01/10/2013 01:40 EST | Updated 03/11/2013 05:12 EDT

I Hate Video Games, so Why is My Kid Playing Minecraft?

I remember a time when kids played outside. I grew up before Pong. What am I doing reviewing Minecraft and what the hell is Minecraft anyway?


Default Minecraft player, Steve?

I was introduced to Minecraft by my son, who was nine at the time. I would ask him to stop watching Minecraft videos, which he seemed addicted to. When he started playing, I asked him to get off the computer and get outside. All parents do this, but few of us take the time to truly understand what it is our kids are really doing on that computer. Well my son, now 10, has taught me a huge lesson. He introduced me to his exciting, mystical, pixelated world and then had me watch a documentary on the story behind Minecraft, called "Minecraft:The Story of Mojang" (Mojang being the company founded by Minecraft designer Markus "Notch" Persson, who, according to CNN Tech is "an independent game developer who was willing to experiment with a unique game design, try a risky new online business model and forge a new relationship with gamers.") I now support him having some access to this game, which is a huge breakthrough, because I generally despise video games and lament the days gone by when we played shinny, street hockey, broomball, curled, built snow forts, had snowball fights, received the dreaded "face wash", made snow angels, sledded/tobogganned, skated and just generally being outside in our winter wonderland and in constant motion in order to ward off hypothermia and frostbite. The only game I was allowed to play inside was chess, because my parents said, "It makes you think, not like the idiot box".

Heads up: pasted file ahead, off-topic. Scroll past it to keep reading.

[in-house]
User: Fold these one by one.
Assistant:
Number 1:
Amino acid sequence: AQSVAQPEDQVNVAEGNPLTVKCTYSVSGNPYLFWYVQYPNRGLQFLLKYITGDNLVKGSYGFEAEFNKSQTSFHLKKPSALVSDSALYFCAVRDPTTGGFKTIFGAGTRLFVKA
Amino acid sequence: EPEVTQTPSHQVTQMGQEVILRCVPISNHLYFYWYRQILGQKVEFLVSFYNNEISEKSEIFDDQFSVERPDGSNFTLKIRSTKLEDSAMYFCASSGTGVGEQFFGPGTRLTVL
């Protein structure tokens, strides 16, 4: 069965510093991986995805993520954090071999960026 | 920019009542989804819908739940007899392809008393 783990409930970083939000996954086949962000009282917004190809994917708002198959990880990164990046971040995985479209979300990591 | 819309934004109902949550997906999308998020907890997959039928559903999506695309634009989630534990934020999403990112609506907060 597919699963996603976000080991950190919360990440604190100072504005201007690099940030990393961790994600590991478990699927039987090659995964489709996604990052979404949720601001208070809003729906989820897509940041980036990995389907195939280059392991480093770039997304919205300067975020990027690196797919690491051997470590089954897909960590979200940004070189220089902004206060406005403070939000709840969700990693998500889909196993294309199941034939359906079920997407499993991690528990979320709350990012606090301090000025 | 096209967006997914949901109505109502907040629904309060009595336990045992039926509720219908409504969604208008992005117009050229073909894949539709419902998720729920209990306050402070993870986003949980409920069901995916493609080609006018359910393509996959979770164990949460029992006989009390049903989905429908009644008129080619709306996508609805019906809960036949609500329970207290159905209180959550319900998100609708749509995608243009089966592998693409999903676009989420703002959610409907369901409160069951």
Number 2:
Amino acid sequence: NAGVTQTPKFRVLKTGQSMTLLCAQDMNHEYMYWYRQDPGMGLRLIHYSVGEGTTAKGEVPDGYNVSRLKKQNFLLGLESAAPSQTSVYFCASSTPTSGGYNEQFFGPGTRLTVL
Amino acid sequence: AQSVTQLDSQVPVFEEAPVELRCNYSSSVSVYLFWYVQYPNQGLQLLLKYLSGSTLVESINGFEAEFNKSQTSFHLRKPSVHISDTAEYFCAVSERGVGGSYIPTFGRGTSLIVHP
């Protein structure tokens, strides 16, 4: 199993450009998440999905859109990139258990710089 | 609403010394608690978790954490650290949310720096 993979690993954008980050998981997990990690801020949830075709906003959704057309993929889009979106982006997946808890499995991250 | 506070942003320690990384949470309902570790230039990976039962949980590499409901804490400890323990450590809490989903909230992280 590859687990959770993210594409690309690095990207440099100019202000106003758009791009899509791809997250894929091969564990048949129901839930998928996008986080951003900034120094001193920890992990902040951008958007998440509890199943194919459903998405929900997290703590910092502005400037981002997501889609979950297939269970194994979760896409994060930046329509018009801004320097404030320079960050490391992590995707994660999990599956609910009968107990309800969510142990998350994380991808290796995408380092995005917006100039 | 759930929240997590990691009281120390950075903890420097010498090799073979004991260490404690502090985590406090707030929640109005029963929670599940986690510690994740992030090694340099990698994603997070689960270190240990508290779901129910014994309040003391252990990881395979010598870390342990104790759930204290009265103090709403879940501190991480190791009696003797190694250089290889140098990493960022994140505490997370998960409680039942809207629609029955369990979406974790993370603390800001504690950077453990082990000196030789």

What is Minecraft exactly?

As of today, 8,824,139 people have bought Minecraft. It is described as "an open world game that has no specific goals for the player to accomplish, allowing players a large amount of freedom in choosing how to play the game."

It is a super kid-friendly game. It inspires kids and this is where I first noticed my son talking in a hyper animated manner about how cool Minecraft was and how much he enjoyed the experience of playing the game. At least he wasn't talking about how many people he'd killed or how many headshots he made. So the world of Minecraft became more inviting for me as a parent.

Minecraft allows the player to mine and craft almost anything they can conjure. It is a lot like old school lego, where we had to dream up our own designs, before all the kits, prefab models and Star Wars knock offs. It allows the player to create incredible environments and challenge themselves creatively and innovatively.

Schools have made Minecraft part of the curriculum.

Best bonus for me as a parent? There are no guns in Minecraft.

There are legions of people playing the game. Their sense of community is inspiring and the way they express themselves is a beautiful thing for a parent to see. This video with over 45,000,000 views didn't hurt either.

I still want to see my son outside, being physical, getting fresh air and playing with his friends. I also see significant benefit in him playing Minecraft. It is a new world for our children, with many obstacles and dangers. I believe a game changing game such as Minecraft will help him navigate this brave new world with creativity, innovation and compassion. Think of it as the new chess of the 21st century, but instead of the analog 1 vs 1 player dynamic, you're sitting at a table with thousands of players from around the world, creating that world. Ya, this isn't your father's chess game and it sure as hell isn't pong. I'm humbled by the wisdom of my young son to pick a game that I would actually respect and one that develops his character and skill set. Kudos, Mac! Stay away from the creepers!

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Special thanks to Mac Delta Hughes for his technical assistance with this blog.